I feel like it’s so desensitized at this point. When I go to business meetings about real estate, financing, whatever, and I bring up cannabis, all the attention comes to me. They’re interested and want to learn about it, but without that stigma hanging over it. This industry is going to be one of those unicorns.
The public is well aware that a portion of NBA players and other professional athletes use cannabis for medical and recreational purposes. Do you think that portion of players using cannabis is fairly represented?
I think all types of professional athletes use cannabis, be it for medicinal or recreational purposes, and there’s nothing wrong with that. We deal with a lot of stress. They just see us on the court, but we deal with issues with all sorts of things: family, friends — it could even be a contract year, which can carry a huge load of stress for players. A lot of us turn to alcohol use as a result of these issues, and it’s not healthy.
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Alcohol dehydrates the body and can get you into trouble. Smoking aside, cannabis doesn’t really do any of those things. I think ten, fifteen years from now, cannabis use will be so accepted that people won’t understand why we looked at it the way we do right now.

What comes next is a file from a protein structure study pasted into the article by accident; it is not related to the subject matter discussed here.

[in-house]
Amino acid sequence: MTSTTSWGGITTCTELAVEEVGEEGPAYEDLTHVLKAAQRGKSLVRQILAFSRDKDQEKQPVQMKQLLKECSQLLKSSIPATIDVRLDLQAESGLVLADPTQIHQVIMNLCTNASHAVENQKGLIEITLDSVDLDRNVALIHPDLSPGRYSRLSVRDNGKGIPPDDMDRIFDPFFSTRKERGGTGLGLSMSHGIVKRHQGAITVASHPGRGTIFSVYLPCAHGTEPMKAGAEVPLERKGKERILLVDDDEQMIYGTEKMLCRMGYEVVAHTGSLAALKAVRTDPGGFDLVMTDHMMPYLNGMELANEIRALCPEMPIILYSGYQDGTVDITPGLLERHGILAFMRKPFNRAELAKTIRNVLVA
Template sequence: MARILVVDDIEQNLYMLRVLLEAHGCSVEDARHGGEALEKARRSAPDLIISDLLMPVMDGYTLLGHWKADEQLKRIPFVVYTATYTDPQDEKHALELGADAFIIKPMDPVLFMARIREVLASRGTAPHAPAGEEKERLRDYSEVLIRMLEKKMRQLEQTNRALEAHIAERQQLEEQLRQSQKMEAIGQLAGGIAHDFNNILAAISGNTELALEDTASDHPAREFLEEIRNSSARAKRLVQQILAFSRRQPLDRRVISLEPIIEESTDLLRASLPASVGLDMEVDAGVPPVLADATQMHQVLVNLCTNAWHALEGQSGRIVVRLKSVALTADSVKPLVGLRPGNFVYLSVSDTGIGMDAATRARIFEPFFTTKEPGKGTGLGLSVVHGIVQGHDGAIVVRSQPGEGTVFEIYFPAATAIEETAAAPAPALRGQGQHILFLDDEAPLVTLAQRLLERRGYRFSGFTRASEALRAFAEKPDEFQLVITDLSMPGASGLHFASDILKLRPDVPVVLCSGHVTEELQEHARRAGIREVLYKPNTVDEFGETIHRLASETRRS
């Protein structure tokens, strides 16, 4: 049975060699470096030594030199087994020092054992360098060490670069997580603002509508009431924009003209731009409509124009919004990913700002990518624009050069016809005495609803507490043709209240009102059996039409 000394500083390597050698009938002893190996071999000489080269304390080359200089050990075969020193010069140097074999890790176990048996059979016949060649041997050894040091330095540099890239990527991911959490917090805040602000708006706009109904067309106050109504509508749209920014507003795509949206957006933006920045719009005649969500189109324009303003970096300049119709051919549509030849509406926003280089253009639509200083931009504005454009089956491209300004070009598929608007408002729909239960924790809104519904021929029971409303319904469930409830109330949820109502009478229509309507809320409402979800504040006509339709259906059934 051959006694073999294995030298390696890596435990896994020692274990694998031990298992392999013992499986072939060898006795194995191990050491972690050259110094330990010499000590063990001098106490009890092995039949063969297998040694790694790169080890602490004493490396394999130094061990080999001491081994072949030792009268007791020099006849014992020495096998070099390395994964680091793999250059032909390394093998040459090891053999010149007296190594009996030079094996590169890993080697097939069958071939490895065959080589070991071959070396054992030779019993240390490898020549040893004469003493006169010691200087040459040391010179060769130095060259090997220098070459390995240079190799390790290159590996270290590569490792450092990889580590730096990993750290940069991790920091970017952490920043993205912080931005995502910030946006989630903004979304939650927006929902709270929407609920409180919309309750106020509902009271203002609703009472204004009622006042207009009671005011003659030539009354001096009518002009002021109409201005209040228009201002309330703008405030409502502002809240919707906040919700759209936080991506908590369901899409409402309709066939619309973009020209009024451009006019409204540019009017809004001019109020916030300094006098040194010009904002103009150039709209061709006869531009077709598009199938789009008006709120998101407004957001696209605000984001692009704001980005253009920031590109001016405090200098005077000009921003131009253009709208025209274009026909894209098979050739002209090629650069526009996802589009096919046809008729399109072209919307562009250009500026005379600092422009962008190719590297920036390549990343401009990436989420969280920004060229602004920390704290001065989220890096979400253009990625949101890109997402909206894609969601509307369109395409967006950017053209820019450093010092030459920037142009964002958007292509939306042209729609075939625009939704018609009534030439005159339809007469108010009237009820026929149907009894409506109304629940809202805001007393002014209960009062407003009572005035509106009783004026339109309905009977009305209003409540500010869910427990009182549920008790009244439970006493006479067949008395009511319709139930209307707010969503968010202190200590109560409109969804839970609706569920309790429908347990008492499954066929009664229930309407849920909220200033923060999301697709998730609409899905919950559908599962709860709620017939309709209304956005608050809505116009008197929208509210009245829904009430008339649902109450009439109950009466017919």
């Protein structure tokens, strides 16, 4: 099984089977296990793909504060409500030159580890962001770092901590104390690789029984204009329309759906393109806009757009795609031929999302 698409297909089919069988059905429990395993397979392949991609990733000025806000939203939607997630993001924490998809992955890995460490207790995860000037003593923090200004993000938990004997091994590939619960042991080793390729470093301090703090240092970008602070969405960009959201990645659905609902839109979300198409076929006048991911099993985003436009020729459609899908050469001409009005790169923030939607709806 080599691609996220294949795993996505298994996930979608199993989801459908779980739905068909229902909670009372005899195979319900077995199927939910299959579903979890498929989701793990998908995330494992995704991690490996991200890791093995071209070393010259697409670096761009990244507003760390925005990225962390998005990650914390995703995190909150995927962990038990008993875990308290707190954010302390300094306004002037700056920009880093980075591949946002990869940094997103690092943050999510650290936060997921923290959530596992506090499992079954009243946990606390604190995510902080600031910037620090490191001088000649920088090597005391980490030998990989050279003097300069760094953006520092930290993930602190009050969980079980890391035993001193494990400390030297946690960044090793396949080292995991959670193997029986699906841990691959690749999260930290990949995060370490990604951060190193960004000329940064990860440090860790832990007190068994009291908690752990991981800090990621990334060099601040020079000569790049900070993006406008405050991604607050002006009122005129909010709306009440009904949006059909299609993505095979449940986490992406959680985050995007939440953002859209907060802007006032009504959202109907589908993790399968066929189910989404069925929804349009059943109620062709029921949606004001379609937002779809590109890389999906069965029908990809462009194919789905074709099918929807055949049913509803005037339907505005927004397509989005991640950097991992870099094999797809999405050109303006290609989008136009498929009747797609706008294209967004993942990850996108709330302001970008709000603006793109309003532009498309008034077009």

How far away is a major sports league like the NBA, NFL or MLB from allowing cannabis use?
In four or five years, when the new collective bargaining is up, the NBA can revisit that. I’m going to continue educating the NBPA (National Basketball Players Association) about it. At least half of the players in the league right now want it to be allowed. I think for the NFL guys, they really need it for neuro-protective reasons. NBA players don’t take those hits, obviously, but we deal with other pains and other issues.
I think those leagues are still waiting on more clinical testing results before making that jump. But I think if you polled every sports owner if they’d rather their player go to the club after leaving the arena, get drunk, stand on a couch, get loud and maybe get in a fight — or go home, eat an edible and just sit on their own couch, the owners would rather have their players eating edibles.